I wrote a I2C library for the Raspberry Pi. It's done via WiringPi library.

    I wrote an example how to read out a MPU 6050 accellerometer + gyro. So this would be a good start to learn how to use my I2C library.

    The new source code is available on my Nano VM GitHub repo.

    Here is the short example program:

    //	i2clib.nanoc
    //	reads i2c port with shared library
    //	Stefan Pietzonke 2017
    func main ()
    	lint null = 0; lint one = 1;
    	qint _fd = 0;
    	lint _dll;
    	lint _setup;
    	lint _writereg8;
    	lint _readreg8;
    	string dllname[256] = "";
    	string i2csetup[256] = "i2c_setup";
    	string i2cwritereg8[256] = "i2c_writereg8";
    	string i2creadreg8[256] = "i2c_readreg8";
    	int gyroskop_xout;
    	int gyroskop_yout;
    	int gyroskop_zout;
    	int accel_xout;
    	int accel_yout;
    	int accel_zout;
    //	open library in nanovm/lib directory
    	lopen (_dll, dllname);	
    //	set function handles
    	lfunc (_dll, _setup, i2csetup);
    	lfunc (_dll, _writereg8, i2cwritereg8);
    	lfunc (_dll, _readreg8, i2creadreg8);
    //	init module MPU 6050
    	pushtostack (&68);
    	lcall (_dll, _setup);
    	get (_fd, >);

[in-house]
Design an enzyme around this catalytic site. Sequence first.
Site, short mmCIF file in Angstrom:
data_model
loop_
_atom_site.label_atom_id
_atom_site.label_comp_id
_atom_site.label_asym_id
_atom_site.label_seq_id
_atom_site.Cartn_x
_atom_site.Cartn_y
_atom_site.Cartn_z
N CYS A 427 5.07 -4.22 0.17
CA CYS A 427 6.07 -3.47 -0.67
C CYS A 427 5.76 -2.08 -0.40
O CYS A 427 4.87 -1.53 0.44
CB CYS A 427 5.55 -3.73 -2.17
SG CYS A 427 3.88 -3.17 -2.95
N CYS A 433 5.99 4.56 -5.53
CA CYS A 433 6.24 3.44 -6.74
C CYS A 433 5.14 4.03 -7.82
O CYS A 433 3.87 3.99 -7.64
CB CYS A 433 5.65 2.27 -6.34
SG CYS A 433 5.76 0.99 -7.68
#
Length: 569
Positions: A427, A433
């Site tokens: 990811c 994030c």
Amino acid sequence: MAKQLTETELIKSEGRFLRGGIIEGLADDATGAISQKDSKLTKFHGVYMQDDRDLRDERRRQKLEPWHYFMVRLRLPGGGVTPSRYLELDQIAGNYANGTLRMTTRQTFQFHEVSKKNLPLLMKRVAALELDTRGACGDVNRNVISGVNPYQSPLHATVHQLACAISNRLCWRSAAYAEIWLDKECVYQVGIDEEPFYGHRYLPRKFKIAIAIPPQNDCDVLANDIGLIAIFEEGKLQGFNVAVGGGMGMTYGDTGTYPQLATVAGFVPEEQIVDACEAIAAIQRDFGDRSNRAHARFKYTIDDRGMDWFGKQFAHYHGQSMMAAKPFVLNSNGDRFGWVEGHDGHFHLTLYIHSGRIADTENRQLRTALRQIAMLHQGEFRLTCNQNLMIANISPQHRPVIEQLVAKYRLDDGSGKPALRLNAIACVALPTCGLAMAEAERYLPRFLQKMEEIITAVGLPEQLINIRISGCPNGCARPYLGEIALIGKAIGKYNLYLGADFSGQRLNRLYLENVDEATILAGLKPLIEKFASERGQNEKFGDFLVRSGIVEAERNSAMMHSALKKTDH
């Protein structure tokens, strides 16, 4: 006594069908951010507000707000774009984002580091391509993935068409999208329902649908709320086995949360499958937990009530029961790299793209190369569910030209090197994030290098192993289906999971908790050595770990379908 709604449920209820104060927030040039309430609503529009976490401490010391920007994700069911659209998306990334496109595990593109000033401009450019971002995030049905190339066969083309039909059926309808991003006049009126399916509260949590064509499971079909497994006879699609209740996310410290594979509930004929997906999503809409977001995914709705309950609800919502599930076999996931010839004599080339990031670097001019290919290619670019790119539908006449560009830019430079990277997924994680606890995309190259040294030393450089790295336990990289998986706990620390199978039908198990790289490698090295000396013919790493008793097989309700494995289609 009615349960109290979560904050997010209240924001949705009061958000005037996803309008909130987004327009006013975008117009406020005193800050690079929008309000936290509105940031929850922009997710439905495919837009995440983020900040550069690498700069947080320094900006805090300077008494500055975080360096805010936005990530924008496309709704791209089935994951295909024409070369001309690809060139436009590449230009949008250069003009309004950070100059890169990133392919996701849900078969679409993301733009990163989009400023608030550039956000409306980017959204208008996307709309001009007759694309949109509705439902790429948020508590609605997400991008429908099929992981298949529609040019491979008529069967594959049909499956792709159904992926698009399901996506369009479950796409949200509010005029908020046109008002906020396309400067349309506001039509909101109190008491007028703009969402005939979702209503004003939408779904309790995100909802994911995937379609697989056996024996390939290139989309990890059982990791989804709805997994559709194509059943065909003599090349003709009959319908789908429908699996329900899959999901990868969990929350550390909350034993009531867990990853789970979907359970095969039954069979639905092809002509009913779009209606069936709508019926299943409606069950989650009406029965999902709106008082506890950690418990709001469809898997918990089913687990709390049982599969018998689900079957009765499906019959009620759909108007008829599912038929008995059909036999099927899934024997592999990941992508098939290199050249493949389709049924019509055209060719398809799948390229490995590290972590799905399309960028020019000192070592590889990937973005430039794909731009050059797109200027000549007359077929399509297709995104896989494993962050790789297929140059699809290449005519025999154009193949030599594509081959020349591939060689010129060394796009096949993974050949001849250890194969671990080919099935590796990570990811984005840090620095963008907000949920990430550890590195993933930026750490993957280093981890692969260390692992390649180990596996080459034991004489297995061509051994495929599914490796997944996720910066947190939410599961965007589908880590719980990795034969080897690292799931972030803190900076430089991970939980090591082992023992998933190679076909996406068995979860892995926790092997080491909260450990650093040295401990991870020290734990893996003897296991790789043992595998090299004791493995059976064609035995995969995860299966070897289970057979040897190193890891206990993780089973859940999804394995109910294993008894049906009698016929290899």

//	print "_fd: ", _fd; printn one;
    //	setup MPU 6050
    	pushtostack> (_fd, &6B, 0);
    	lcall (_dll, _writereg8);
    	@read_word_2c (_fd, &43);
    	get (gyroskop_xout);
    	@read_word_2c (_fd, &45);
    	get (gyroskop_yout);
    	@read_word_2c (_fd, &47);
    	get (gyroskop_zout);
    	@read_word_2c (_fd, &3B);
    	get (accel_xout);
    	@read_word_2c (_fd, &3D);
    	get (accel_yout);
    	@read_word_2c (_fd, &3F);
    	get (accel_zout);
    	print "gyroskop"; printn one;
    	print "x: ", gyroskop_xout; printn one;
    	print "y: ", gyroskop_yout; printn one;
    	print "z: ", gyroskop_zout; printn one;
    	printn one;
    	print "accelleration"; printn one;
    	print "x: ", accel_xout; printn one;
    	print "y: ", accel_yout; printn one;
    	print "z: ", accel_zout; printn one;
    	printn one;
    	printn one;
    	exit null;
    func read_word_i2c (qint fd, int reg)
    	int h;
    	int l;
    	int value;
    //	print "fd: ", fd; printn 1;
    	pushtostack (reg, fd);
    	lcall (_dll, _readreg8);
    	get (h, >);
    	reg = ++;
    	pushtostack (reg, fd);
    	lcall (_dll, _readreg8);
    	get (l, >);
    	value = h << 8 + l;
    	return (value);
    func read_word_2c (qint fd, int reg)
    	int val;
    	int f;
    	int ret;
    	@read_word_i2c (fd, reg);
    	get (val);
    	f = val >= &8000;
    	if f;
    		ret = 65535 - val + 1;
    		ret = 0 - ret;
    		ret = val;
    	return (ret);
    lab pushtostack;

  • Portable Version on GitHub

    jay-t02/05/2016 at 06:22 0 comments

    I released a portable version of my Nano VM on GitHub. Nano can now be copied on a USB stick and run from there. There is no installation required.

    The binaries for Linux and Windows are in the bin directory. On Linux there are shell scripts which run the VM. This was needed because there is no Linux "execute" permission on a FAT32 file system. There is a README file in the archive.

    Nano VM portable version

    The archive is at the bottom. The README file in the archive is in English. There are binaries for Android also in the archive.